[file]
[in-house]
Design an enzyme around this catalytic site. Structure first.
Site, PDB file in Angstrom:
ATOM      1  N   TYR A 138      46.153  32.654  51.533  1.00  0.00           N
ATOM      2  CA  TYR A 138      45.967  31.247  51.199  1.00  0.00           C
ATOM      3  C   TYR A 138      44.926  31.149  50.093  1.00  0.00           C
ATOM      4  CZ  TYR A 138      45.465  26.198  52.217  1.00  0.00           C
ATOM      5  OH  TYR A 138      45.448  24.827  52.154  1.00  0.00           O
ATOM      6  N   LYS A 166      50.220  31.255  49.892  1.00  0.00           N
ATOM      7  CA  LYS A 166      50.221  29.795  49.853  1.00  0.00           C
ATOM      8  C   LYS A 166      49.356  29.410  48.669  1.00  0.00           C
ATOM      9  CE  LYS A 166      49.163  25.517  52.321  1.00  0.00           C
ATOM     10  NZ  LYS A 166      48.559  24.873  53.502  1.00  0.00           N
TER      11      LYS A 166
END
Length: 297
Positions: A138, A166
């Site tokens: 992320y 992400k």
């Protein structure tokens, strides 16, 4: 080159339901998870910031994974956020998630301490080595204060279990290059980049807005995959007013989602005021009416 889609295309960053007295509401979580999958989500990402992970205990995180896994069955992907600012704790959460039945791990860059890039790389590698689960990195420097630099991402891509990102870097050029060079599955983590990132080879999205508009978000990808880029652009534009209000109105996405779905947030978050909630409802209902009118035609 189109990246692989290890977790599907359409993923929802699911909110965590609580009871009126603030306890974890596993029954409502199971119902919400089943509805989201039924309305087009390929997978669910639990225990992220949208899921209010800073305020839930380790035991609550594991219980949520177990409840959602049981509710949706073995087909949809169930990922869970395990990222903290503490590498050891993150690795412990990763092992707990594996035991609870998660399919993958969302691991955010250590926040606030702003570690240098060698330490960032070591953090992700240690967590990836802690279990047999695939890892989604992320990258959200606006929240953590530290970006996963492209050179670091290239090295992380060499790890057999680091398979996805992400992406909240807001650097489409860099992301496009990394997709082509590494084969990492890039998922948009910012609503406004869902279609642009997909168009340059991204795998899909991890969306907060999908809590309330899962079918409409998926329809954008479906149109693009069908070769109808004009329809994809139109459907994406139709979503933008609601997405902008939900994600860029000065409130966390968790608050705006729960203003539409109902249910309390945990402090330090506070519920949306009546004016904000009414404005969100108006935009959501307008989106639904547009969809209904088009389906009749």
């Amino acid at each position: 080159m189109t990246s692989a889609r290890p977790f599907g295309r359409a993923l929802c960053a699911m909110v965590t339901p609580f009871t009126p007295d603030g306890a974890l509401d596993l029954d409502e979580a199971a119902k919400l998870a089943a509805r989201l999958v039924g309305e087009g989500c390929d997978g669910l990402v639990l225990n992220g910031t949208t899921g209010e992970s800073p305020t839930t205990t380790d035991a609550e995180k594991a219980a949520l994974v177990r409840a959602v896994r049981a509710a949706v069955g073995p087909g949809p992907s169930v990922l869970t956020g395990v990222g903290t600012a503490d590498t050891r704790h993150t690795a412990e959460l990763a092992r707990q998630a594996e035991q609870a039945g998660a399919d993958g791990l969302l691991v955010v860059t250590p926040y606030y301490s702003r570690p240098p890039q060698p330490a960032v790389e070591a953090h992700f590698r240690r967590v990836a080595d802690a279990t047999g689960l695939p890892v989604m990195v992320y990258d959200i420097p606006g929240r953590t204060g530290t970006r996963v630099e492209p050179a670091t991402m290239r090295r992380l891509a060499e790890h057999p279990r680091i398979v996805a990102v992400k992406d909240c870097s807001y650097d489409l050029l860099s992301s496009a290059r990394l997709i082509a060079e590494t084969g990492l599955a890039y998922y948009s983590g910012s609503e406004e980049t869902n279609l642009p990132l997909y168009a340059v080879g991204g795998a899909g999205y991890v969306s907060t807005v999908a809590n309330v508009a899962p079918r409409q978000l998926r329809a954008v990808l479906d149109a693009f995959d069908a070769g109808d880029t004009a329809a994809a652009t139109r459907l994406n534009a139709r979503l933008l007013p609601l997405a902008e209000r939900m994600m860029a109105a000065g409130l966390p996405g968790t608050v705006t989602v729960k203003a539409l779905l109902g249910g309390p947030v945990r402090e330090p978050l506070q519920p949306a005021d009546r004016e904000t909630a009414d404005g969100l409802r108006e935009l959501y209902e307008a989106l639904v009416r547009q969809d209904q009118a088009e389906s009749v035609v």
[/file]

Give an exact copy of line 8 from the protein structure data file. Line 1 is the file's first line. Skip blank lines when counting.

ATOM      5  OH  TYR A 138      45.448  24.827  52.154  1.00  0.00           O